Association of Consumer Credit Information Suppliers (ACCIS)
ACCIS supports the EBA's reasoning on the need to strengthen customer authentication and sees the proposed Regulatory Technical Standards (RTS) as an important step forward to enhance the security of payment services. However, certain categories in Chapter 1 of the RTS should be further clarified and better defined. In particular, clearer definitions of what constitutes biometric sensor and template protection systems", "sensitive payment data" and "spending behavioural patterns" should be provided. ACCIS strongly believes that given the sensitivity of such data it is important to ensure that such data are used to the minimum extent necessary for the provision of payment services and are not used for any other purposes than payment services.
In addition, a wider number of customer authentication techniques, than provided in Chapter 1 of the RTS should be encouraged, as with the fast pace of technological development, relying on a limited number of authentication techniques set in the regulation will not be robust. ACCIS notes that there is an assumption that the authentication mechanisms used by payment service providers will typically be the minimum to comply; this unfortunately means that, should a compromise of one or more credentials happen, there is no simple way to re-authenticate the payment service user using other means. ACCIS suggests that the RTS be enhanced to strongly recommend that more than the minimum number of authentication methods be issued or enrolled so that it is possible to more strongly authenticate a customer if compromise is suspected. This will also mean that it will be possible for payment service users to be authenticated when one or more methods is unavailable, for example using a mobile app technique in the absence of a data connection or a video method in low light conditions."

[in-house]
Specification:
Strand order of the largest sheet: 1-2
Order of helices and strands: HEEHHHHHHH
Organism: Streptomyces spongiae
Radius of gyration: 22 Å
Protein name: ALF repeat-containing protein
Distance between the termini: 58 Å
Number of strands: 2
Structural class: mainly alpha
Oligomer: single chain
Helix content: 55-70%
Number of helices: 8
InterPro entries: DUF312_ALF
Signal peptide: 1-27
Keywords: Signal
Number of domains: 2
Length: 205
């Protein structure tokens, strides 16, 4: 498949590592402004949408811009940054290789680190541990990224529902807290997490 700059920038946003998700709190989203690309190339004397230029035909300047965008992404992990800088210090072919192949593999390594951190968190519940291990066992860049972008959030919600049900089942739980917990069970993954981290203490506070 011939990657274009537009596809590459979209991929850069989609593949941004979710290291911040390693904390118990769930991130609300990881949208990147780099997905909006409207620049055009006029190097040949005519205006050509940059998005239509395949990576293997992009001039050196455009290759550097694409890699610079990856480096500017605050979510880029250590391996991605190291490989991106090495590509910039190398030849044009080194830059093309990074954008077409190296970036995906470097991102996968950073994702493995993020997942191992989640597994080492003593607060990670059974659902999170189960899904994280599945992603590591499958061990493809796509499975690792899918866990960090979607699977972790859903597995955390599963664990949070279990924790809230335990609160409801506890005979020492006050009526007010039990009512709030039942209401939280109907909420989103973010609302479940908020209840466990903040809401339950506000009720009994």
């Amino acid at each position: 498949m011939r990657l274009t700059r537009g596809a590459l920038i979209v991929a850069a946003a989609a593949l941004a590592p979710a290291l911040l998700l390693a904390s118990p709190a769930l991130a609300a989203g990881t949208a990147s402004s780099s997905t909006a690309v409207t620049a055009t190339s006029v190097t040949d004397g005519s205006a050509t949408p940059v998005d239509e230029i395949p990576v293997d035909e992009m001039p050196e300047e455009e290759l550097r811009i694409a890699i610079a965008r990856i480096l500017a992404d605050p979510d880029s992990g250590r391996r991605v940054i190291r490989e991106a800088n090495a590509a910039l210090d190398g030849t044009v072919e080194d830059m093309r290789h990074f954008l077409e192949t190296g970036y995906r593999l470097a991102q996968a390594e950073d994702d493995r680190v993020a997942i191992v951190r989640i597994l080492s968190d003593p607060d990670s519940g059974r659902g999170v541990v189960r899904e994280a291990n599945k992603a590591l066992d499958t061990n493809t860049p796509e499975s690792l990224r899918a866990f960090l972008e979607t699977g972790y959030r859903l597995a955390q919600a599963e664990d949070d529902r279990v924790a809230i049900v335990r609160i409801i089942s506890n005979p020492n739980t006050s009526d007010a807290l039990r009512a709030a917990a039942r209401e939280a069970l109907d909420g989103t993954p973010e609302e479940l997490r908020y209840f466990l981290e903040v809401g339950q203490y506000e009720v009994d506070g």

As mentioned in our response to Q1 of the consultation, ACCIS strongly believes that using a wider number of authentication techniques, than provided in Chapter 1 of the RTS should be encouraged. With a limited number of authentication techniques there is a risk that with some of a payment service users credentials being compromised it will be difficult for payment service providers to re-authenticate the payment service user.
ACCIS is supportive of using standards such as the ISO20022 data dictionary for specifying fields transferred via APIs. This standardisation is essential to ensure that payments data is treated in the same manner from end to end, supporting the PSD and PSD2 goals of data integrity and efficiency. ACCIS notes that it is forecast that line of business applications will start to standardise on ISO20022 for their storage of data, in support of the use of such data for payment initiation in XML messages. By using ISO20022, which is already used for over 35 billion SEPA payments per annum and for which cards and immediate payments messages are being developed, this ensures the data is held at rest in the same format as when it is communicated between payment service providers and to third party providers. Nevertheless, ACCIS recommends that the data definitions in ISO200022 are those used in defining the APIs for PISPs and AISPs. This will:
1) avoid excessive costs for payment stakeholders, and
2) be agnostic as to what technology is used to implement the AISP/PISP access.